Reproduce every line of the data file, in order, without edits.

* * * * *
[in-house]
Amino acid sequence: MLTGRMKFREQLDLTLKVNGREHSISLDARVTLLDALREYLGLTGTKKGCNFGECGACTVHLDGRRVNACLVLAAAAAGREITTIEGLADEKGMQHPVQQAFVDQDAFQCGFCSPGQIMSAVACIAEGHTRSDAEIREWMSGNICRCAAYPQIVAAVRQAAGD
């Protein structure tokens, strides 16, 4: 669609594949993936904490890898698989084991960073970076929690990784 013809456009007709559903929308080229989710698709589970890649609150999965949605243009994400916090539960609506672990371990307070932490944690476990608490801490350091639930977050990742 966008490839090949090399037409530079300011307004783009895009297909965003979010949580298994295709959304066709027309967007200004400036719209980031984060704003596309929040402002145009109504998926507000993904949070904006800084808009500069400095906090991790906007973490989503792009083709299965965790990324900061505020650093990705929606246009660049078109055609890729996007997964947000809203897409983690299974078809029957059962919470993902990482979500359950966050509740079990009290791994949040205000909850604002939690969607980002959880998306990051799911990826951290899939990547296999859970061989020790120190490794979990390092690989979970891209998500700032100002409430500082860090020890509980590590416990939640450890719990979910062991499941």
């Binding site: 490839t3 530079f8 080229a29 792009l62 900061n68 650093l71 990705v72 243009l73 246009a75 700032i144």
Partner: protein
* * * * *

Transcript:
[in-house]
Amino acid sequence: MLTGRMKFREQLDLTLKVNGREHSISLDARVTLLDALREYLGLTGTKKGCNFGECGACTVHLDGRRVNACLVLAAAAAGREITTIEGLADEKGMQHPVQQAFVDQDAFQCGFCSPGQIMSAVACIAEGHTRSDAEIREWMSGNICRCAAYPQIVAAVRQAAGD
């Protein structure tokens, strides 16, 4: 669609594949993936904490890898698989084991960073970076929690990784 013809456009007709559903929308080229989710698709589970890649609150999965949605243009994400916090539960609506672990371990307070932490944690476990608490801490350091639930977050990742 966008490839090949090399037409530079300011307004783009895009297909965003979010949580298994295709959304066709027309967007200004400036719209980031984060704003596309929040402002145009109504998926507000993904949070904006800084808009500069400095906090991790906007973490989503792009083709299965965790990324900061505020650093990705929606246009660049078109055609890729996007997964947000809203897409983690299974078809029957059962919470993902990482979500359950966050509740079990009290791994949040205000909850604002939690969607980002959880998306990051799911990826951290899939990547296999859970061989020790120190490794979990390092690989979970891209998500700032100002409430500082860090020890509980590590416990939640450890719990979910062991499941």
């Binding site: 490839t3 530079f8 080229a29 792009l62 900061n68 650093l71 990705v72 243009l73 246009a75 700032i144």
Partner: protein